While trying to figure out what to do with the peeling bedroom wall, the roof and chimney, I got the brilliant idea to try a moisture meter to see if water getting behind the chimney was, in fact, the cause of the peeling.

I was like a little kid on Christmas when my new toy arrived with the mail.  It had just rained the day before--gulley washers--so the timing seemed perfect.  I couldn't get it open fast enough and get the battery installed.

I turned it on and stuck it on the wall.

0 percent moisture.

Seemed odd, actually.  Am I sticking it far enough into the wall?

Does it work at all?

So I took it outside to try it on the wet back porch railing.

21 percent.

In another place, 18 percent.

I checked the wall several times over the next few days each time getting the same result.

It's great news but now I have to figure out what happened and try to fix it.

Around the same time, I got a call from Sam (my contractor) saying he had a few weeks open and asked if I wanted to finish the downstairs bathroom.   It took me a little by surprise.  I haven't picked fixtures or tile and, even more importantly, I need to replace my water main.  I learned recently that my water main was installed in 1918.  It was lead and, given its age, the fittings can be so brittle, they can disintegrate when you try to turn off the water.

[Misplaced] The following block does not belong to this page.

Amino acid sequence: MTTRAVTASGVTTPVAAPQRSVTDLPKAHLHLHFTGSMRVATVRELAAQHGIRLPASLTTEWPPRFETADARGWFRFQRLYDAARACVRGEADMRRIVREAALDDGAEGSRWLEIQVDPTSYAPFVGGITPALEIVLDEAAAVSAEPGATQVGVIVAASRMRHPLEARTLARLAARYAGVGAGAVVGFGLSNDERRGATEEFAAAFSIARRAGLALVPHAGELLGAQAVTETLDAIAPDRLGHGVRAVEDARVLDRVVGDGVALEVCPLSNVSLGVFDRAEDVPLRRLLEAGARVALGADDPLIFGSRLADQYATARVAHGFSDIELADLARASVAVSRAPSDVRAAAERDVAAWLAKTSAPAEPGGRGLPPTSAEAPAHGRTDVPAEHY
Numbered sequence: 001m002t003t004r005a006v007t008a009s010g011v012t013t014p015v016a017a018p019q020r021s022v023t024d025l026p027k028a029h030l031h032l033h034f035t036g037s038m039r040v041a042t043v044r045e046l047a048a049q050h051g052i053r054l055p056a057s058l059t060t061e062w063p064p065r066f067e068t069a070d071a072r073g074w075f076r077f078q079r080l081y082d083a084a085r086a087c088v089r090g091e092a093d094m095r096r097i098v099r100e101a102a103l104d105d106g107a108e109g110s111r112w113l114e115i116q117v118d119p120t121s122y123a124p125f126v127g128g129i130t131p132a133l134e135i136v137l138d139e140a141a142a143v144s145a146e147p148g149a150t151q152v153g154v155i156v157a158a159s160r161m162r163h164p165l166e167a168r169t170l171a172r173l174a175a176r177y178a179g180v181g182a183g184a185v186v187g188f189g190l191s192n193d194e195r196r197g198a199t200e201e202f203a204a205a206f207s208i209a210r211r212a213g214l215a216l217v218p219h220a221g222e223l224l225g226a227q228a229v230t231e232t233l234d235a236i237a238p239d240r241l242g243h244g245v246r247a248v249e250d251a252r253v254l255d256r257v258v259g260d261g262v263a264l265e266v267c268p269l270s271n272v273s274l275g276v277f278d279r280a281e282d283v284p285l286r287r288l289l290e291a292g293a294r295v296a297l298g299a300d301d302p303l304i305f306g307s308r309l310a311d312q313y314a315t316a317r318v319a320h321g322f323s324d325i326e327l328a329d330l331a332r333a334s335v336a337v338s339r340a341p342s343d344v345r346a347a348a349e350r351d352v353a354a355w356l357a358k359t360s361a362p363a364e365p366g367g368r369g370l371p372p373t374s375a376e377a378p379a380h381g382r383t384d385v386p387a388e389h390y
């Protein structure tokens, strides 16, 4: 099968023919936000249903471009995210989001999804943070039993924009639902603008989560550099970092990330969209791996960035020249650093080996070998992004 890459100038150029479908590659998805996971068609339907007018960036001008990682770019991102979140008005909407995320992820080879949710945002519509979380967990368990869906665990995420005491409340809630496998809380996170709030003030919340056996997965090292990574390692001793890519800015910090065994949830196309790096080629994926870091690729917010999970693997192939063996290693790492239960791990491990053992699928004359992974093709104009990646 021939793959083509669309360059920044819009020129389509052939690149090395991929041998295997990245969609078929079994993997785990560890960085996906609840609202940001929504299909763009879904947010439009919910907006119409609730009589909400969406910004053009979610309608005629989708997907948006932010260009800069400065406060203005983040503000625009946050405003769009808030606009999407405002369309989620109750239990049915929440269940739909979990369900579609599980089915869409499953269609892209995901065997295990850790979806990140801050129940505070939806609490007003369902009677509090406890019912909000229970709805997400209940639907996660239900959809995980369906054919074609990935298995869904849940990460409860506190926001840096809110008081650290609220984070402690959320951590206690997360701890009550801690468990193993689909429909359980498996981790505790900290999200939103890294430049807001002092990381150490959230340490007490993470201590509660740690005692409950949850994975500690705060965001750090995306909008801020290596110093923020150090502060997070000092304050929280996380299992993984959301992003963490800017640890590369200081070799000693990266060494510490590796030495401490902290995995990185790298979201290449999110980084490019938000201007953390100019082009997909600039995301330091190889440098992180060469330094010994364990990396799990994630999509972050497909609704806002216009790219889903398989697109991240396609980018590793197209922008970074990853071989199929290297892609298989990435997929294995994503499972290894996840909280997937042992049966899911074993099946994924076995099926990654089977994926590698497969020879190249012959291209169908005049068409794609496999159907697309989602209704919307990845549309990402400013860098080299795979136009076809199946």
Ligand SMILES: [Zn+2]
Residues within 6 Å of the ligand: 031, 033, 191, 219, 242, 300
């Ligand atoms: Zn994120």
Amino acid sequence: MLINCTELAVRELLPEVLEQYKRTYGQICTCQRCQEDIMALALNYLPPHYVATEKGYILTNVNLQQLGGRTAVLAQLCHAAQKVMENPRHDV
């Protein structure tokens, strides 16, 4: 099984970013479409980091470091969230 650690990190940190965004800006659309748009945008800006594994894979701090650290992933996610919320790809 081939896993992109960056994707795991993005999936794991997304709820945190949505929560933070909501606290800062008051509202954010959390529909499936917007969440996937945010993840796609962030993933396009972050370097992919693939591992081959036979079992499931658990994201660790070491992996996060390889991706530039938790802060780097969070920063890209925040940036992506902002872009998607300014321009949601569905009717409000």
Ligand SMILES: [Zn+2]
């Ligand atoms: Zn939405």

If your house is over 50-60 years old, you may want to put this on your to-do list!

My neighbor's son is the neighborhood plumber but it's kind of a big job so he referred me to a company--a landscaping company actually--that could replace it.

Replacing the water main requires digging up the street and sidewalk and the contractor took care of    calling Dig Safe, a free service that contacts all of the utilities who come and mark where the water, electric, gas and other utilities are underground so they can be avoided.  It's not only a useful service, it eliminates any liability I might have if a contractor hits an unmarked utility.

Replacing my water line also requires coordination with City who replaces the pipes between the water main in the street and the turnoff valve outside my house.  My contractor then replaces the line from the turnoff valve into my basement.

The blue line marks the path of the water line.

It was kind of a no-brainer but it still needed to be done.

Each utility uses their own color to mark their lines.

The city posts "no parking" signs a few days before the job date.  I believe my contractor paid for the no-parking permits so they're included in the overall cost of the job.

Normally a no-parking permit costs about $25 per day per vehicle so it seems the parking permits added about $200 to the cost of the job.

I thought this job would be much more complicated than it was.  They attached the new 1-inch copper pipe to the old one and just pulled it through underground.  The contractor was great; they even washed the dust off my front porch. The whole job took about four hours.  Total cost:  $1860.

Now I can start thinking about finishes for the bathroom.